Planning for an Australian National Coastal Observatory: Monitoring and Forecasting Coastal Erosion in a Changing Climate

Planning for an Australian National Coastal Observatory: Monitoring and Forecasting Coastal Erosion in a Changing Climate
abstract from Coasts and Ports 2011 conference.

I.L. Turner1, I.D. Goodwin2, M.A. Davidson3, A.D. Short4, T.R.
Pritchard5, C Lane4, D.W. Cameron6, T MacDonald7, J Middleton8,
K.D. Splinter1
1 Water Research Laboratory, School of Civil and Environmental Engineering University of New South Wales, Sydney NSW Australia;
2 Marine Climate Risk Group, Environmental Science, Department of Environment and Geography, Macquarie University, Sydney, NSW Australia
3 School of Marine Science and Engineering, University of Plymouth, Plymouth UK
4 CoastalComs Pty Ltd, Varsity Lakes, QLD Australia
5 NSW Office of Environment and Heritage, Sydney NSW Australia
6 Warringah Council, Sydney, NSW Australia
7 Gosford City Council, Gosford, NSW Australia
8 School of Aviation, University of New South Wales, Sydney, NSW Australia

A new, federally-funded research initiative has brought together an international team of researchers, state government, local government and private industry, to establish and rigorously test a practical approach to achieving baseline coastal monitoring at multiple ‘coastal reference sites’ around the Australian open coastline. Analogous and complementary to existing water-level and ocean wave monitoring programs that already exist around the Australian continent, the goal of this present effort is to initiate
and demonstrate the practical capability and application of sustained, automated and ongoing coastline monitoring in support of coastal research, coastal engineering and coastal management.
Initially, 10 ‘pilot’ coastal reference sites in New South Wales have been established. Intensive RTK-GPS beach surveying, image analyses, airborne LiDAR, bathymetric surveying and inshore wave monitoring are now under way. Over the next three years these data streams will be used to rigorously test and evaluate the applicability of existing and new coastal camera infrastructure to autonomously and routinely obtain measurements of local wave climate and shoreline variability and erosion at many sites around our coasts. The application of these data to underpin new developments in the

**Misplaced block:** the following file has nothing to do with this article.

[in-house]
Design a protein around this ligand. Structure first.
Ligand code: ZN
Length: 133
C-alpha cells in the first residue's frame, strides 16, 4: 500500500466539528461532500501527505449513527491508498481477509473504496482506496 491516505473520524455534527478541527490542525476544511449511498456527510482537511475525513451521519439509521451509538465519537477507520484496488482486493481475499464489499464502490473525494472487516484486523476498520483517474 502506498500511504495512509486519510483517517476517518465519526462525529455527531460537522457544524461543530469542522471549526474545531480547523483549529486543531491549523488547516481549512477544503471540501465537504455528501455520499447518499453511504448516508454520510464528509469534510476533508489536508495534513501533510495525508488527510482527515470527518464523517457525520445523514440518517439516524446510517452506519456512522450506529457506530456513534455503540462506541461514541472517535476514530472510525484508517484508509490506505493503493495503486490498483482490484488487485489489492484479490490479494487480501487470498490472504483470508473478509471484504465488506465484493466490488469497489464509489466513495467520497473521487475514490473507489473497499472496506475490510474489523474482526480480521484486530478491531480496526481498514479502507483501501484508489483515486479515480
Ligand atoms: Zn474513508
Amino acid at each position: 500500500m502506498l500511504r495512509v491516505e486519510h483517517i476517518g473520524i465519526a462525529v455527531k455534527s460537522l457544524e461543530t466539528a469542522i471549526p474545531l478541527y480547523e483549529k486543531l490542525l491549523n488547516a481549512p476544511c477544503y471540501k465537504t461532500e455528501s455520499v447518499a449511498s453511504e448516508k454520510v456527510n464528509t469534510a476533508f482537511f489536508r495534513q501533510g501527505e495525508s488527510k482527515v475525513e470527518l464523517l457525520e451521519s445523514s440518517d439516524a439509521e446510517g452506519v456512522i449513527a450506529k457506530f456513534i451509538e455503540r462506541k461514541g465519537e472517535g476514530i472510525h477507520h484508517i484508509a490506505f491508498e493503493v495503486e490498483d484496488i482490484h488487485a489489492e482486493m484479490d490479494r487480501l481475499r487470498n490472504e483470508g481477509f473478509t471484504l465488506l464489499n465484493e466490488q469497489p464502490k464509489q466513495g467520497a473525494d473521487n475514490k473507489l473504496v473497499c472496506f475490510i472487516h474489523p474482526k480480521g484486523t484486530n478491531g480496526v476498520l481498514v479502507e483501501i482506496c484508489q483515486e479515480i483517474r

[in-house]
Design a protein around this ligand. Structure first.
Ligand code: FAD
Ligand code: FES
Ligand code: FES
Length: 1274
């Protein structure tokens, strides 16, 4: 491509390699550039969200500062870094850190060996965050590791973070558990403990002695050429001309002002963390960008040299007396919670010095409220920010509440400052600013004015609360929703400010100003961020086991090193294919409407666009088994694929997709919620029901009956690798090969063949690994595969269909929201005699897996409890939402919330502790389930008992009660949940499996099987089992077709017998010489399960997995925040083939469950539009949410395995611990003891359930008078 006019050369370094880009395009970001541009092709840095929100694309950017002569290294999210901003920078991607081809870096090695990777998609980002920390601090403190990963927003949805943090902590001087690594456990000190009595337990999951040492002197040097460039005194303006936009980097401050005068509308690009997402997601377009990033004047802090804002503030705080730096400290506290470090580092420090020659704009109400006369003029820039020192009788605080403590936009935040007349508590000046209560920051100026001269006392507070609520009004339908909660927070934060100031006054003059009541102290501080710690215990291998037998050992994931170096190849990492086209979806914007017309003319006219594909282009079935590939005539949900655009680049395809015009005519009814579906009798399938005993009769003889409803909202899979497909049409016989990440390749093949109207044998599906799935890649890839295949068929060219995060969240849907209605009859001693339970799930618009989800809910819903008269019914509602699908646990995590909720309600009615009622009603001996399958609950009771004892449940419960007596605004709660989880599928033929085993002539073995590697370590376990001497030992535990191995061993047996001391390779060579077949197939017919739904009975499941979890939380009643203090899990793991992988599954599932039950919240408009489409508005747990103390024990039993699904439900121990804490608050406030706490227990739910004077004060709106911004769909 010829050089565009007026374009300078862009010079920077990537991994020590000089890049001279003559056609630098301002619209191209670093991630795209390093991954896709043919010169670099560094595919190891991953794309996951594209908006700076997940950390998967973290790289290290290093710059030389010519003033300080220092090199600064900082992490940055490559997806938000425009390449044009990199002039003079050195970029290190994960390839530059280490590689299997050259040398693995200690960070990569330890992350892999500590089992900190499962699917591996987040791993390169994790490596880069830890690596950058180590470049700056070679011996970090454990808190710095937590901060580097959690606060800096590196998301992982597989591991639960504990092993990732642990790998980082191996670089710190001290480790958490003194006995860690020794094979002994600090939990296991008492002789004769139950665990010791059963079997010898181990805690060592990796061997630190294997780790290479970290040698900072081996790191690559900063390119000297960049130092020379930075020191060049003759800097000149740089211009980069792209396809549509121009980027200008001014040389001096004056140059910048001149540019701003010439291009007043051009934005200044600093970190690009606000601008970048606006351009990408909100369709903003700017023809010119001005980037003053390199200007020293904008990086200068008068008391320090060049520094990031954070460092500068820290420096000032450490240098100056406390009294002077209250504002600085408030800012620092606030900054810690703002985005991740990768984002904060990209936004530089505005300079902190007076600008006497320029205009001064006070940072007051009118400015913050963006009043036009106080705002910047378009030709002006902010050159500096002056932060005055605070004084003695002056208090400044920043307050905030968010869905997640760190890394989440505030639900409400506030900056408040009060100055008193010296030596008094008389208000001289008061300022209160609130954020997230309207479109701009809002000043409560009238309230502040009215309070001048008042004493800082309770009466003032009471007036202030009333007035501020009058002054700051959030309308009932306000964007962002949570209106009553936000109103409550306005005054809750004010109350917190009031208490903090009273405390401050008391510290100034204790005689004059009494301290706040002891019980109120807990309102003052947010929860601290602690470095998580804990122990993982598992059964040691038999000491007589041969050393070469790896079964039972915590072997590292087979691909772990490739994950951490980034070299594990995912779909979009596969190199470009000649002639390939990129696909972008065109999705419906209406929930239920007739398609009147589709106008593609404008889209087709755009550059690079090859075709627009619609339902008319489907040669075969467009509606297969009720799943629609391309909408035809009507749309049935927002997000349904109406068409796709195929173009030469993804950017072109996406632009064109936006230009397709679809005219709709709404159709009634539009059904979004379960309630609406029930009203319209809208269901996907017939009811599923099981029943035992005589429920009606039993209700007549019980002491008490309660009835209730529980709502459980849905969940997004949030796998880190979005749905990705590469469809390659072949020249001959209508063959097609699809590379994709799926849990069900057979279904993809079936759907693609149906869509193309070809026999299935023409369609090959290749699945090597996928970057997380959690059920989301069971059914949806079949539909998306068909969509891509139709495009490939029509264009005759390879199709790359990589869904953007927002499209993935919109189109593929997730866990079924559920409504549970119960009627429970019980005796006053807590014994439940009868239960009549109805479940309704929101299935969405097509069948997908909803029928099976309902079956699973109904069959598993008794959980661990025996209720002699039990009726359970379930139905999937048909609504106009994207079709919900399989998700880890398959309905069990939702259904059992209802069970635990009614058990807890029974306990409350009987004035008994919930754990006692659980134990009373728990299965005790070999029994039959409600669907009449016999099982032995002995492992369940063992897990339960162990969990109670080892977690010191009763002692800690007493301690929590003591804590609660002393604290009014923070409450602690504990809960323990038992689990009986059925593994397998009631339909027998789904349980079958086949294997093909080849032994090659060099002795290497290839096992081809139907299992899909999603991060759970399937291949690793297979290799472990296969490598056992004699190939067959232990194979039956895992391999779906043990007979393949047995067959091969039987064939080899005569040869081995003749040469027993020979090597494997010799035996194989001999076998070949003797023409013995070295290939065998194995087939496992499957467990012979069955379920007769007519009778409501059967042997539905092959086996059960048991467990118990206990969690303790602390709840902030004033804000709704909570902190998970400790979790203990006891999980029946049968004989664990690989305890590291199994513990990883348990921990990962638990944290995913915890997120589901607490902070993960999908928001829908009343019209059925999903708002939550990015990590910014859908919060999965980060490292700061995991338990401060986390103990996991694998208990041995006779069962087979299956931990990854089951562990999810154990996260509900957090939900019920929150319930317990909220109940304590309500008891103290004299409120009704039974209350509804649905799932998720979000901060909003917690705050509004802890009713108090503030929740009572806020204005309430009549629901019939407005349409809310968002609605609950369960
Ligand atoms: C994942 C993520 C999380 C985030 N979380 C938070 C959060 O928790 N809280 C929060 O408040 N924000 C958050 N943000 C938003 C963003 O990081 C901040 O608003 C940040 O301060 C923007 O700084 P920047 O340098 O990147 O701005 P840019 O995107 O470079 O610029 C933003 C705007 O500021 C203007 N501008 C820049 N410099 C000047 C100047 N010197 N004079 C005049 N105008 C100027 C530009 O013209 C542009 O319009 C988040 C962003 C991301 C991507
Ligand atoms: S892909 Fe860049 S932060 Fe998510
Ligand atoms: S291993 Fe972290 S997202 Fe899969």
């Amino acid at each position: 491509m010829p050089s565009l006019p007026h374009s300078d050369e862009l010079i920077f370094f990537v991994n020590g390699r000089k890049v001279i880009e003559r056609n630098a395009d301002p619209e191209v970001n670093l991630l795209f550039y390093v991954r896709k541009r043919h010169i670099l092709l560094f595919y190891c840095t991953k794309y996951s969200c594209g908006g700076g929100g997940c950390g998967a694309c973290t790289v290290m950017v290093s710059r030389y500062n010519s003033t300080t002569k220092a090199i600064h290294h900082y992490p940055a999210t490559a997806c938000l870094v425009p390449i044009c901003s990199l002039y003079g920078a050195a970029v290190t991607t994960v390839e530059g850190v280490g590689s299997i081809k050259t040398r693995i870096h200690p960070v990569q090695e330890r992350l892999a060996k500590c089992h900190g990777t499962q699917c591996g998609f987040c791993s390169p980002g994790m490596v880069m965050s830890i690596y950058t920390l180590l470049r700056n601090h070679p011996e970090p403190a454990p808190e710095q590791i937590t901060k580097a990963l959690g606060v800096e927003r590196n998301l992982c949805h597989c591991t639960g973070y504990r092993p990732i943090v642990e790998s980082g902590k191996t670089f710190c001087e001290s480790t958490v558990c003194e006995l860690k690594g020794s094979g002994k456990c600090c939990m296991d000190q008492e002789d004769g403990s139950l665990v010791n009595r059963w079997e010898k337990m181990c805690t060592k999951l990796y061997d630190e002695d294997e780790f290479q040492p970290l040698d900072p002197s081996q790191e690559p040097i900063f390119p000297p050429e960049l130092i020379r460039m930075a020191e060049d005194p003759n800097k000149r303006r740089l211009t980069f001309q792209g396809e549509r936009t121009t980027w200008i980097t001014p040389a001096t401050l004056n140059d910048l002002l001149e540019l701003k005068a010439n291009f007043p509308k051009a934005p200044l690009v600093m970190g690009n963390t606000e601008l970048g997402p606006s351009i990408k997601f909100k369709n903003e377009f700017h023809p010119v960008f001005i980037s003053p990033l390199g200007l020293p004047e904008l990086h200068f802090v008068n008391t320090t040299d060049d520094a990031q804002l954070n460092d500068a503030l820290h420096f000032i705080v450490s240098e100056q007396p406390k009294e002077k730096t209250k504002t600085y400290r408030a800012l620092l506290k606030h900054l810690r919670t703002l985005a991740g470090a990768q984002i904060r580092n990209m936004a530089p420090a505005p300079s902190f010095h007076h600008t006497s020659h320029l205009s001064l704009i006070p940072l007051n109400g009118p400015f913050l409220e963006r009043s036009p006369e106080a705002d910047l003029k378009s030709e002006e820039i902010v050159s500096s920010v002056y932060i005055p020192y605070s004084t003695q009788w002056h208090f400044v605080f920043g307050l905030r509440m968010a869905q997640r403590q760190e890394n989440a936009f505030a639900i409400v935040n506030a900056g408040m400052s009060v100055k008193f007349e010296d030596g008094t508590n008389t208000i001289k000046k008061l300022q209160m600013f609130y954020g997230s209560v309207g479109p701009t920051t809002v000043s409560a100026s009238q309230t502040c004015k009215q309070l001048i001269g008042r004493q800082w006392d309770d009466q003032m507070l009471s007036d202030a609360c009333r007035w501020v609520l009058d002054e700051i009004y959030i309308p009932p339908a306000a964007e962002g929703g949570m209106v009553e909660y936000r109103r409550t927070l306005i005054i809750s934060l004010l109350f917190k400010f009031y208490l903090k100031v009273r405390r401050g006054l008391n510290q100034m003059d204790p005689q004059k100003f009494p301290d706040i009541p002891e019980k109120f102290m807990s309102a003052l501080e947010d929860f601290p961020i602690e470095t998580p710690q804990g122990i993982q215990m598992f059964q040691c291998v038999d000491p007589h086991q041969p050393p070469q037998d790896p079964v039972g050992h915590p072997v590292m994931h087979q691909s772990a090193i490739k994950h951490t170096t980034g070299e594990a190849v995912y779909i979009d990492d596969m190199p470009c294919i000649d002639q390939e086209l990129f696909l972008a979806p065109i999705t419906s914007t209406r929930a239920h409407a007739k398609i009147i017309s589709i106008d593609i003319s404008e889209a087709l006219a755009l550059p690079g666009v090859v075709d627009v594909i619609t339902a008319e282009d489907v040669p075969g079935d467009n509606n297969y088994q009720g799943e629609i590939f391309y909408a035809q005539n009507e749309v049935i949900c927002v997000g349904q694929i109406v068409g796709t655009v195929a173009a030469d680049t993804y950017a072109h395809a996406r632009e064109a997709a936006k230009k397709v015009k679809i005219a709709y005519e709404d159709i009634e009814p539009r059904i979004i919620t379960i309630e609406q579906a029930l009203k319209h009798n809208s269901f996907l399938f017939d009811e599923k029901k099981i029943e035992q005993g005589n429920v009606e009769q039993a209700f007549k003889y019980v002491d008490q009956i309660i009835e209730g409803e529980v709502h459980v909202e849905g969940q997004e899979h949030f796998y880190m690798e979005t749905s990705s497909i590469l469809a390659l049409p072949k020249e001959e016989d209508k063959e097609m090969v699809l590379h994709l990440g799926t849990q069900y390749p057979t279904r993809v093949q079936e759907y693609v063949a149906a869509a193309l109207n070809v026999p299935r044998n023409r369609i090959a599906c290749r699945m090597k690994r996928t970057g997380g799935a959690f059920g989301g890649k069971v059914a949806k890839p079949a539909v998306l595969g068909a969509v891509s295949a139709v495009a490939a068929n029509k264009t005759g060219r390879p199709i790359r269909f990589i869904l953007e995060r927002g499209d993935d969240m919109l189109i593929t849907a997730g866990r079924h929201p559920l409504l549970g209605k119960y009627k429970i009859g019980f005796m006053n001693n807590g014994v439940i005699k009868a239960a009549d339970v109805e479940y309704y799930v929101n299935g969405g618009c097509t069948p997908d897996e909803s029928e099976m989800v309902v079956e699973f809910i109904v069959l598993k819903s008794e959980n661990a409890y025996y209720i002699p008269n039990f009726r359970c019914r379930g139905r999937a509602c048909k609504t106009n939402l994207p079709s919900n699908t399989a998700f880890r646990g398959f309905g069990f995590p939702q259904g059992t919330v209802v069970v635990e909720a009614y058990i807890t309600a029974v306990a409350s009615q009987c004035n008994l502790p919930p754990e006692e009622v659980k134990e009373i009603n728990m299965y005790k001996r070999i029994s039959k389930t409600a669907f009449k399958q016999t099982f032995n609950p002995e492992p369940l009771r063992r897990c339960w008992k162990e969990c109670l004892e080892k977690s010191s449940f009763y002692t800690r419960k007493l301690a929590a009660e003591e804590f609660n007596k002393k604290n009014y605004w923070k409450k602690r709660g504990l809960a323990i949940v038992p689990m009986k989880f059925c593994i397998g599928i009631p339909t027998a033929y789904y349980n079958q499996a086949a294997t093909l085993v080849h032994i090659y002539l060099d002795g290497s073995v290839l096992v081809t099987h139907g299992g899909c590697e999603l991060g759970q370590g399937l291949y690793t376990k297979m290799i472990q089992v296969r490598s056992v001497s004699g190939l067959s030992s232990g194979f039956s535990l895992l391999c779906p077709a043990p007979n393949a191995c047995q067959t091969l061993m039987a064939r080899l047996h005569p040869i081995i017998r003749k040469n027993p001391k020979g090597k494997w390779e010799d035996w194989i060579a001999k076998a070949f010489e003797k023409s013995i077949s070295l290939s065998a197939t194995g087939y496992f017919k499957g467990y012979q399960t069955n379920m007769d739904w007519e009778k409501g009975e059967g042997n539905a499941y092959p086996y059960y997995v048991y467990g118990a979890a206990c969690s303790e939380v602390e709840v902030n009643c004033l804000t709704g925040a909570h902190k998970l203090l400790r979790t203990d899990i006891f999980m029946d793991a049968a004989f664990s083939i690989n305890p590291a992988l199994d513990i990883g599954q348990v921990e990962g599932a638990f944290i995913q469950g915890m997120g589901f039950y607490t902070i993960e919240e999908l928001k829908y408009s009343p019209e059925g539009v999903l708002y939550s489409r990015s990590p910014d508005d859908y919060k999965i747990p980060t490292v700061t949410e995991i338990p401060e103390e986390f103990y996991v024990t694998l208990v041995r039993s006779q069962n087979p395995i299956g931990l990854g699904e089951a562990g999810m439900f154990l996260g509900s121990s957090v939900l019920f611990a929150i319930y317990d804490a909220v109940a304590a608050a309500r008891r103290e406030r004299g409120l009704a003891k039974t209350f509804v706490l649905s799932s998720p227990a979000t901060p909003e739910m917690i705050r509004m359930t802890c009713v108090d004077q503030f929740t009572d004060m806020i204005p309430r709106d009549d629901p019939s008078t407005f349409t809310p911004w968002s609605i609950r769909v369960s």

modelling and forecasting of seasonal to multi-decadal shoreline variability and change are being examined.
This new initiative is a proactive response to the October 2009 House of Representatives Standing Committee on Climate Change report ‘Managing our Coastal Zone in a Changing Climate’, that identified the immediate need to better understand the present and potential future risks of coastal erosion, through monitoring and modelling. The study is addressing the knowledge gap between advancing Climate Change science, and the lagging development of our ability to quantify, assess and forecast coastal variability and change.
The outcomes of this three-year project are anticipated to be two-fold:

1. fast-track the testing of a new capability within Australia to provide automated, sustained and ongoing measurement of inshore wave climate and coastal erosion at many sites around our sandy coastlines,that if successful can circumvent the need for major investment in new monitoring infrastructure; and
2. use this capability to test and significantly advance a new methodologies for forecasting storm, seasonal and multi-year shoreline variability and change.

As the most developed and populous stretch of beaches around the Australian
continent, this ‘proof of concept’ study is initially focussed on the state of New
South Wales, providing a test-bed and template for a national-scale roll-out of
coastal monitoring and coastal-change forecasting around Australia.

source: Coasts and Ports 2011 – Extended Abstracts (pdf)